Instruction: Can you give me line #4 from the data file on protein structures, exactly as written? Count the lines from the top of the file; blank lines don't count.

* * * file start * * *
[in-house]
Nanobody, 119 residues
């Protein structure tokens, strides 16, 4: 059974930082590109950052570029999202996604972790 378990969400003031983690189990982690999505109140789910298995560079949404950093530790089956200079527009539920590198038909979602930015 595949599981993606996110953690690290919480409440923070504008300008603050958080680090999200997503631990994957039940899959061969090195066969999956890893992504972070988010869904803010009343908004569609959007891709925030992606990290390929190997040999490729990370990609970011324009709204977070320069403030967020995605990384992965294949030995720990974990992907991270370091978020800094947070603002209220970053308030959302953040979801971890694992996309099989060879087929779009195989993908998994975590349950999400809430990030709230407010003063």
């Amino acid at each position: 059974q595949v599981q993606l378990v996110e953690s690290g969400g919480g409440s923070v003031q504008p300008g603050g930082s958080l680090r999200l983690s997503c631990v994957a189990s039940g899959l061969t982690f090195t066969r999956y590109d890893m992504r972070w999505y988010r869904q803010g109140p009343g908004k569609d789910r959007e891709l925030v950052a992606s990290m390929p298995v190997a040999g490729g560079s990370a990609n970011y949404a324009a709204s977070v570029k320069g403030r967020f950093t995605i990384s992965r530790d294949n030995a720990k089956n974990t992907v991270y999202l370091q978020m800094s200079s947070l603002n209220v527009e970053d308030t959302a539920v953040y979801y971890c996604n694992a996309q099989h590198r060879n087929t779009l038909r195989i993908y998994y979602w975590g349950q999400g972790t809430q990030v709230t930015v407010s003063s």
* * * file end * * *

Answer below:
């Amino acid at each position: 059974q595949v599981q993606l378990v996110e953690s690290g969400g919480g409440s923070v003031q504008p300008g603050g930082s958080l680090r999200l983690s997503c631990v994957a189990s039940g899959l061969t982690f090195t066969r999956y590109d890893m992504r972070w999505y988010r869904q803010g109140p009343g908004k569609d789910r959007e891709l925030v950052a992606s990290m390929p298995v190997a040999g490729g560079s990370a990609n970011y949404a324009a709204s977070v570029k320069g403030r967020f950093t995605i990384s992965r530790d294949n030995a720990k089956n974990t992907v991270y999202l370091q978020m800094s200079s947070l603002n209220v527009e970053d308030t959302a539920v953040y979801y971890c996604n694992a996309q099989h590198r060879n087929t779009l038909r195989i993908y998994y979602w975590g349950q999400g972790t809430q990030v709230t930015v407010s003063s």